Dezeen – Architect Elizabeth Diller explains how The Broad Museum in Los Angeles was designed to feel “extremely welcoming” in the next instalment of Dezeen’s Concrete Icons series produced in collaboration with Holcim.
The video features The Broad in Los Angeles designed by Diller’s studio Diller Scofidio + Renfro, a three-storey museum that houses an expansive collection of contemporary and post-war artworks. Speaking to Dezeen in an exclusive video interview filmed at the Diller, Scofidio + Renfro office in New York City, Diller explained how the building was designed to feel inviting to visitors with a porous facade that allows light to be gently diffused into the gallery.
“It doesn’t really feel like a traditional museum,” Diller said. “There’s no sense of authority. When you step off the street, no one tells you where to go. There’s no information desk, there’s no admissions desk. You don’t pay, it’s free. It feels extremely welcoming.”
Professional deep-sea diver Adrian Corrigall and his wife Megan plan to build their new family home in rural East Sussex almost entirely out of concrete, with construction involving cutting-edge technologies conceived in Switzerland and never used to build a house before. However, the perils of being a pioneer soon become evident, and with both schedule and budget under strain, Adrian is forced to resume work as a diver, taking him away from the project for a month at a time.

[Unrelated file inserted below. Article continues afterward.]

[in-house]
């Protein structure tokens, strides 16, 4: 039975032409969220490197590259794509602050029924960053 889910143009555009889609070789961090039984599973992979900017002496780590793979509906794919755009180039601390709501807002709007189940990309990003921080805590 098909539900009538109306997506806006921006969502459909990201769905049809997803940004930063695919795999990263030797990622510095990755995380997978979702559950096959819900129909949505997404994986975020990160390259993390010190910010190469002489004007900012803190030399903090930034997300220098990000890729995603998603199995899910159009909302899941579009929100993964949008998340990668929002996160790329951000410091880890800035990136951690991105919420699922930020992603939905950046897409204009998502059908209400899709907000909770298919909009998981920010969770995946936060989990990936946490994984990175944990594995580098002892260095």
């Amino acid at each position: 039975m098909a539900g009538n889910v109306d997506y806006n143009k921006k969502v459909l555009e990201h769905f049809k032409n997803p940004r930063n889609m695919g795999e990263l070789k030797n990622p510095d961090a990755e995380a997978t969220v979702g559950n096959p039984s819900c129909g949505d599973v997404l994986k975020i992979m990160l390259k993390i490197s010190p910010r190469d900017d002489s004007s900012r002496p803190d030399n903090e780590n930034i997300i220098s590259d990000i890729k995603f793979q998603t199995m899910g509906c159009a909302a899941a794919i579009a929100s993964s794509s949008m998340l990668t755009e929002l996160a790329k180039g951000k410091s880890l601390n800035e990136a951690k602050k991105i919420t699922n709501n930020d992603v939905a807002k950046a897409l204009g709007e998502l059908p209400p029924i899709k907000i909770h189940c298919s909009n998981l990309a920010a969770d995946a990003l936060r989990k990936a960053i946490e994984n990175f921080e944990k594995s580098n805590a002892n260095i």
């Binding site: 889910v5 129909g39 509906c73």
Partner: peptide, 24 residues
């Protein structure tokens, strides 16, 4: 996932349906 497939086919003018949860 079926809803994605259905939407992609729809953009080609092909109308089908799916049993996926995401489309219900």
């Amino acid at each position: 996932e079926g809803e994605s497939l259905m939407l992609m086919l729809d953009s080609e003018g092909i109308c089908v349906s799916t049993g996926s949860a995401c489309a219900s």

Led by Ma Yansong, MAD Architects releases the design of the Wormhole Library, which sits on the coast in Haikou, Hainan Province in China. The sensuously curved pavilion appears to be a “wormhole” that transcends time and space.
Facing the South China Sea, the Wormhole Library is located in Century Park along the Haikou Bay coastline. The intimately scaled structure is cast of white concrete as a unit. The curved concrete walls not only serve as organic architectural structure, but also connect the ceiling, the ground and the walls together. Holes of varying sizes allow the architecture to breathe and meanwhile let natural light flood the interior. The grey spaces of the exterior corridors provide shady spots for passers-by to stop and rest.
It serves as a multi-functional building that allows visitors to read, enjoy views of the sea, and attend open-air performances, temporarily removing themselves from the hustle and bustle of everyday life. The building is now under construction and will be completed in 2021.